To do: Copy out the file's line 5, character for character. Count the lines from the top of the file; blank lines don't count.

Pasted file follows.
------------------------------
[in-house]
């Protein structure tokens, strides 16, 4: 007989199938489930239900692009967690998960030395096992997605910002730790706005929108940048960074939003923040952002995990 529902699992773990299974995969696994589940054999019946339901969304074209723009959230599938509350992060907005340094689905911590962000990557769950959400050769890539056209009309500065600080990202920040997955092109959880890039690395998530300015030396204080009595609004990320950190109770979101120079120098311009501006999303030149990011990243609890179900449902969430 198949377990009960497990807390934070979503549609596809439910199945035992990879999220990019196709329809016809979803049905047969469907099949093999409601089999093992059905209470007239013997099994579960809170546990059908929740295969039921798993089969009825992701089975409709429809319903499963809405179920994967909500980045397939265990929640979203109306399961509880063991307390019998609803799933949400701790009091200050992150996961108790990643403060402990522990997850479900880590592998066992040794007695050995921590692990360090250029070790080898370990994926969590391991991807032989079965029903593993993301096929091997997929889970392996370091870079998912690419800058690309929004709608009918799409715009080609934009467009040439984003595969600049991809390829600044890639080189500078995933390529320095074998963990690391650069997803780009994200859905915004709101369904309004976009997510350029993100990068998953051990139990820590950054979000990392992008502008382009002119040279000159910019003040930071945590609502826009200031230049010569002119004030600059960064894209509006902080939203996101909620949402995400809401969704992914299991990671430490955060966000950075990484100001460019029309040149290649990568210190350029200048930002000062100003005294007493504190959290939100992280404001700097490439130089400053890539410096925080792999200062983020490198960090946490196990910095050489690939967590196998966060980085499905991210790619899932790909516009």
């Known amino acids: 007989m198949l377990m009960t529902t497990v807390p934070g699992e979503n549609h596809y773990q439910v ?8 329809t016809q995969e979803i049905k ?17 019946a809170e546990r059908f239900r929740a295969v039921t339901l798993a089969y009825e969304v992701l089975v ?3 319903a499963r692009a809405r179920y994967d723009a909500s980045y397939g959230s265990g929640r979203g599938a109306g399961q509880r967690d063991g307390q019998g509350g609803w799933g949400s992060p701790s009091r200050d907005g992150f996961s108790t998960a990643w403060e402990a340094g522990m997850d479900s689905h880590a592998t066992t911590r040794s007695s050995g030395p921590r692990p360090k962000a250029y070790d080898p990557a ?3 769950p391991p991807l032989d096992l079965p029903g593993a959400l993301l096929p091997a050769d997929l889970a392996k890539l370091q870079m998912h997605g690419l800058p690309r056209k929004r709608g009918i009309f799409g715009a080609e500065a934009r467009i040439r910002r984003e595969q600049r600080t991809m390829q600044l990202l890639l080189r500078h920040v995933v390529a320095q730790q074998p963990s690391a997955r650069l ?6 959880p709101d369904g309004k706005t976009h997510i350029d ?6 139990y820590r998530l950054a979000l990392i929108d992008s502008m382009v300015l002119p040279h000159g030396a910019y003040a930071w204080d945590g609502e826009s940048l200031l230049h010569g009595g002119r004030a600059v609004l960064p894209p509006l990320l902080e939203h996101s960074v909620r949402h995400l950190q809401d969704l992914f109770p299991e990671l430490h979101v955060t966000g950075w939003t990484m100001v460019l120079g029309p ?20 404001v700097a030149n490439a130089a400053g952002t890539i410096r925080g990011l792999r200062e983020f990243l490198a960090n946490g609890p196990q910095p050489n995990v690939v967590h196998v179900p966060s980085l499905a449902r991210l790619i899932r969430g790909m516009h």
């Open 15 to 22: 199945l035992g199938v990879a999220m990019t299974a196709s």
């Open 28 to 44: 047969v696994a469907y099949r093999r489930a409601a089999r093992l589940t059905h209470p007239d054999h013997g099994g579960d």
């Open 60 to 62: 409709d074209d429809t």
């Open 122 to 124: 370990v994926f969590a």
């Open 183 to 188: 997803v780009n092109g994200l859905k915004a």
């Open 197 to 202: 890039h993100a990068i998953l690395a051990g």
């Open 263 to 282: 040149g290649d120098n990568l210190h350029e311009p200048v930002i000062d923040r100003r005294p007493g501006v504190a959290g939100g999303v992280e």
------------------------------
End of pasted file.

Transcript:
């Open 28 to 44: 047969v696994a469907y099949r093999r489930a409601a089999r093992l589940t059905h209470p007239d054999h013997g099994g579960d």